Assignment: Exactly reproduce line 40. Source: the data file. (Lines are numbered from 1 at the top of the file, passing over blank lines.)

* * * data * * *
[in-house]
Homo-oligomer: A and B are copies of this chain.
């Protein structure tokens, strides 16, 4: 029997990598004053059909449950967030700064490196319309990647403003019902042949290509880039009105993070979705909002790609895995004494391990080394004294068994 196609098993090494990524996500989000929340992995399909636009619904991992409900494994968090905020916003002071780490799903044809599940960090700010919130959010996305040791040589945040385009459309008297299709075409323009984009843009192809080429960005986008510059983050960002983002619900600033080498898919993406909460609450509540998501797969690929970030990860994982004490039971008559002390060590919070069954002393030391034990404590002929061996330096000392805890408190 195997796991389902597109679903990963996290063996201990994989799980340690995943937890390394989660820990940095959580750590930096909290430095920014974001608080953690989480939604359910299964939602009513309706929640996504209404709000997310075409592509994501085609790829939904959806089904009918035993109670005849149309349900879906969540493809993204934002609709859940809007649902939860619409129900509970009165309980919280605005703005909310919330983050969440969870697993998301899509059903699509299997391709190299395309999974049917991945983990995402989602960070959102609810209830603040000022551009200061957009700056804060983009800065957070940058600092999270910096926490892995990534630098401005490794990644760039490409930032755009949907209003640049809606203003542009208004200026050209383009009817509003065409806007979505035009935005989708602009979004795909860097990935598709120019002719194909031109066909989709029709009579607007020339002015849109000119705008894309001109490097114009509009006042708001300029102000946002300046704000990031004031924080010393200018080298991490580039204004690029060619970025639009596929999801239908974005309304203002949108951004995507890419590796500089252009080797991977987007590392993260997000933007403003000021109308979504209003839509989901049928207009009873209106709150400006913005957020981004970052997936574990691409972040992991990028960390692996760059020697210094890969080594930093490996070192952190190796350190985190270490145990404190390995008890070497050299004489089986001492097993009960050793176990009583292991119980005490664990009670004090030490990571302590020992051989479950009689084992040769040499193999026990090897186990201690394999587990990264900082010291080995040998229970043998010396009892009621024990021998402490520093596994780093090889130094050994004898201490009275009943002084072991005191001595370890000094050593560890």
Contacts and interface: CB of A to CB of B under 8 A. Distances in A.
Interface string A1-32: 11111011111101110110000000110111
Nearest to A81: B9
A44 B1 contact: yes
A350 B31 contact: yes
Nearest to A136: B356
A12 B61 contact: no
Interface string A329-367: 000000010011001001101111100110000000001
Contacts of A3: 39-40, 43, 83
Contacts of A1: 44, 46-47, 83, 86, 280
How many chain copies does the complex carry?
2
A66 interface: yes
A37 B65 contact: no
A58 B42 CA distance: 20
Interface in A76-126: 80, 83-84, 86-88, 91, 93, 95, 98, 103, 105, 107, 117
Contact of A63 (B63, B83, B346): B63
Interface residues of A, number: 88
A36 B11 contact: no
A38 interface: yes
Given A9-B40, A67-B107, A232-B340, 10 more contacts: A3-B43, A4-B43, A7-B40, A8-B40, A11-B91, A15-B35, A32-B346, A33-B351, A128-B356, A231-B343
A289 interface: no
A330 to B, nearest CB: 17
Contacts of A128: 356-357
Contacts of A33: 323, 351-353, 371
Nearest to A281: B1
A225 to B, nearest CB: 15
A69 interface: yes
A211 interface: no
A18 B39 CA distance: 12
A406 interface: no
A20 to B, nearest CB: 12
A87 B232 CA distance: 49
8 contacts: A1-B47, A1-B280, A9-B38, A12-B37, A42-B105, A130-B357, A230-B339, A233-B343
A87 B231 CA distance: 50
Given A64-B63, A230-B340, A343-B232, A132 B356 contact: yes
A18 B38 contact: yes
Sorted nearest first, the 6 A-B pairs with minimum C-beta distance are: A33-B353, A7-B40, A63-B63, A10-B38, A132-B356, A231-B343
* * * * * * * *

A18 B38 contact: yes